Rule: A man does not commit attempted murder in the first-degree when he makes a verbal arrangement with a hit man, delivers drawings and photographs of the target, and pays part of the consideration; that is merely preparation, rather then attempt.

Judgment: Reversed.

Topic: Attempt - Solicitation
United States v. Church
Guilty of attempted premeditated murder of his wife, when he obtained the service of an undercover hit man, was a detailed participant in planning the crime (maps, pictures, work schedules), advised the agent exactly how he wanted his wife shot, and paid him in full after expressing satisfaction with the staged murder. He went beyond mere preparation because there was nothing else he could have done short of killing her himself.

Topic: Attempt - Solicitation
People v. Jaffe (NY)
Facts: Jaffe is charged with attempting to receive stolen goods. Jaffe believed that he was purchasing stolen cloth, but it was not actually stolen. The owner of the cloth had given it to the police for the purpose of catching Jaffe attempting to purchase the cloth. He was convicted of attempt to commit the crime of knowingly purchasing stolen goods.

Rule: Because the goods were not stolen, no crime was committed, so there cannot be attempt. If the thing he intended to do is not a crime, then he does not intend to commit one.

Judgment: Reversed.

Topic: Attempt - Impossibility
People v. Dlugash (NY)
Facts: Dlugash shot the victim in the head five times, a few minutes after the victim had already been shot in the chest twice. Defendant claimed that he thought the victim was already dead. It is uncertain whether the victim was already dead. He was convicted of murder. Appeals court reversed, holding that there could not be murder or attempt because he believed the victim was dead.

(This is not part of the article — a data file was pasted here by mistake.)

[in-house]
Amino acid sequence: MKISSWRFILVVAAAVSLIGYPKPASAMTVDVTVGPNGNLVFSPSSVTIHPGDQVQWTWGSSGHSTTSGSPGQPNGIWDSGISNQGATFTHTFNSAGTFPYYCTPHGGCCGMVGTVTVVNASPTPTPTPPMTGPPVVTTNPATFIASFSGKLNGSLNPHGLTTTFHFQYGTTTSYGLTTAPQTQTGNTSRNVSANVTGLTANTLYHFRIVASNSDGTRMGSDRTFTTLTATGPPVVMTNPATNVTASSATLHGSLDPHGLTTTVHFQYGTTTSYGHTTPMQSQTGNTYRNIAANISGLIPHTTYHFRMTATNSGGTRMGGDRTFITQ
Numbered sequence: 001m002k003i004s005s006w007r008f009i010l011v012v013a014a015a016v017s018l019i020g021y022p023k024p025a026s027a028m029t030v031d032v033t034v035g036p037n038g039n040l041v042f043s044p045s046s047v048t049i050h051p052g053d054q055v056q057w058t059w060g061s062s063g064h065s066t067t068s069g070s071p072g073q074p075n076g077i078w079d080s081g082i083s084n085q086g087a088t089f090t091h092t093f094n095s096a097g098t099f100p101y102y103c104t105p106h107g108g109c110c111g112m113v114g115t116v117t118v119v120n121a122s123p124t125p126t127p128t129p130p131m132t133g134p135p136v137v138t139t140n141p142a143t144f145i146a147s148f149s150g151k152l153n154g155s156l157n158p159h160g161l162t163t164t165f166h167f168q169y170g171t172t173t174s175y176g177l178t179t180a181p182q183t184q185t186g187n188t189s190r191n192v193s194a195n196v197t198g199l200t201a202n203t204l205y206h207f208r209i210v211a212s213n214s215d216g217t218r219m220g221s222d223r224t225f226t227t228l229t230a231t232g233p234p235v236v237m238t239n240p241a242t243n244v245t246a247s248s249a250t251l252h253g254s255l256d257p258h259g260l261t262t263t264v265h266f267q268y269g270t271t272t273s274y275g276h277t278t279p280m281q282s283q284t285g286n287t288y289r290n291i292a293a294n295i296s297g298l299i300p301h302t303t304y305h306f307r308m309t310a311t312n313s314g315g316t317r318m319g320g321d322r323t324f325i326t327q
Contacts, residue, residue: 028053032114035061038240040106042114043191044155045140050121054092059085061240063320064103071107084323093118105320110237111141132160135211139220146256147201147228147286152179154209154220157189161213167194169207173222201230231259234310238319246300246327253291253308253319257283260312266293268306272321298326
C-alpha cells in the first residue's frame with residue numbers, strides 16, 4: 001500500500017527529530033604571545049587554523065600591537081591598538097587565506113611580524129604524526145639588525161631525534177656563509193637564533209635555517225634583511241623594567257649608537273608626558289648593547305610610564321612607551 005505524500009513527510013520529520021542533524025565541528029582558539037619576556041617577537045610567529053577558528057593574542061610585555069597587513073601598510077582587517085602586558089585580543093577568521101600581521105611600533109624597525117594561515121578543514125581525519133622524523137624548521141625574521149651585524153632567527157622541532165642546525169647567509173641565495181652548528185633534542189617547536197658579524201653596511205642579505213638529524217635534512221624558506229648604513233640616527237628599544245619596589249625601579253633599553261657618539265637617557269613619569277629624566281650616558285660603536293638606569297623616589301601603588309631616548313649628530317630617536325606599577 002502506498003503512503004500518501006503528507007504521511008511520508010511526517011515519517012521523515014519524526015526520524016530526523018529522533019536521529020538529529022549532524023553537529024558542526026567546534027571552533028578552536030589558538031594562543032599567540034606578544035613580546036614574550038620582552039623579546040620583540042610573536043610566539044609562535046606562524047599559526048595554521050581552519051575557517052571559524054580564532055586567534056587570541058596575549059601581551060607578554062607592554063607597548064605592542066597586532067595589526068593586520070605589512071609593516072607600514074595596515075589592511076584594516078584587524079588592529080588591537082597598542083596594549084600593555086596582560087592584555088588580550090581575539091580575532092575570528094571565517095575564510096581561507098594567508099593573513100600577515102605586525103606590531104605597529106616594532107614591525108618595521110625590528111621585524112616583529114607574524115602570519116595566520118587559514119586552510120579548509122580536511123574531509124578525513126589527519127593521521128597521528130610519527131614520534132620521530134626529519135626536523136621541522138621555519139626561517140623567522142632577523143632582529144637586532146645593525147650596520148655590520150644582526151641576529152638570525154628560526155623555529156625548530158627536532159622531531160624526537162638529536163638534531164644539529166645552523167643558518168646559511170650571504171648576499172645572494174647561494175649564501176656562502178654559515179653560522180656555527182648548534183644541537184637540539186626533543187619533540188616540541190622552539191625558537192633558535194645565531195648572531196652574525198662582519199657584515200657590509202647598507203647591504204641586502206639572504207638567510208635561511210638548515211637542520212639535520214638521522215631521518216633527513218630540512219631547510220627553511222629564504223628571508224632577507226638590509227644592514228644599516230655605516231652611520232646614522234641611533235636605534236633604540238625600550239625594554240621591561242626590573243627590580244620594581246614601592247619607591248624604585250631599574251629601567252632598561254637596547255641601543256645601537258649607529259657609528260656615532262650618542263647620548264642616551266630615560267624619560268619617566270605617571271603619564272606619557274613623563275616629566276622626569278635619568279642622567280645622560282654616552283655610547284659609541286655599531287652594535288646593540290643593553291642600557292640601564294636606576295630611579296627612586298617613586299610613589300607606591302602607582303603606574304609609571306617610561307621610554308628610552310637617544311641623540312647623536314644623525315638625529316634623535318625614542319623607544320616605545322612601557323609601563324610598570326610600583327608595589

Rule: If a person engages in conduct which would otherwise be an attempt to commit a crime, it is no defense that the crime charged was factually or legally impossible of commission, if such crime could have been committed had the attendant circumstances been as the person believed them to be (Same as MPC 5.01(1)).

Judgment: Reversed. Defendant may be guilty of attempted murder, even though the target of the attempt may have already been dead, by the hand of another, when he made the attempt with the belief that the victim was alive.

Topic: Attempt - Impossibility
Hicks v. United States (Supreme Court)
Facts: Hicks is convicted of murder as an accomplice. Hicks was present when Rowe, the shooter, killed Colvard. Witnesses standing 100 yards away testified that he encouraged Rowe to kill Colvard, while Hicks claimed that his statements were meant to discourage Rowe from killing Colvard and himself.

Rule: To be guilty as an accomplice to murder one must not only be present at the time and place of the murder, but must either intentionally contribute by word or by action, or there must be substantial evidence that there was a conspiracy or prior arrangement between the accomplice and the actual killer to commit the murder.

Judgment: Reversed and remanded.

Topic: Accountability - Mens Rea for Actions of the Principal
State v. Gladstone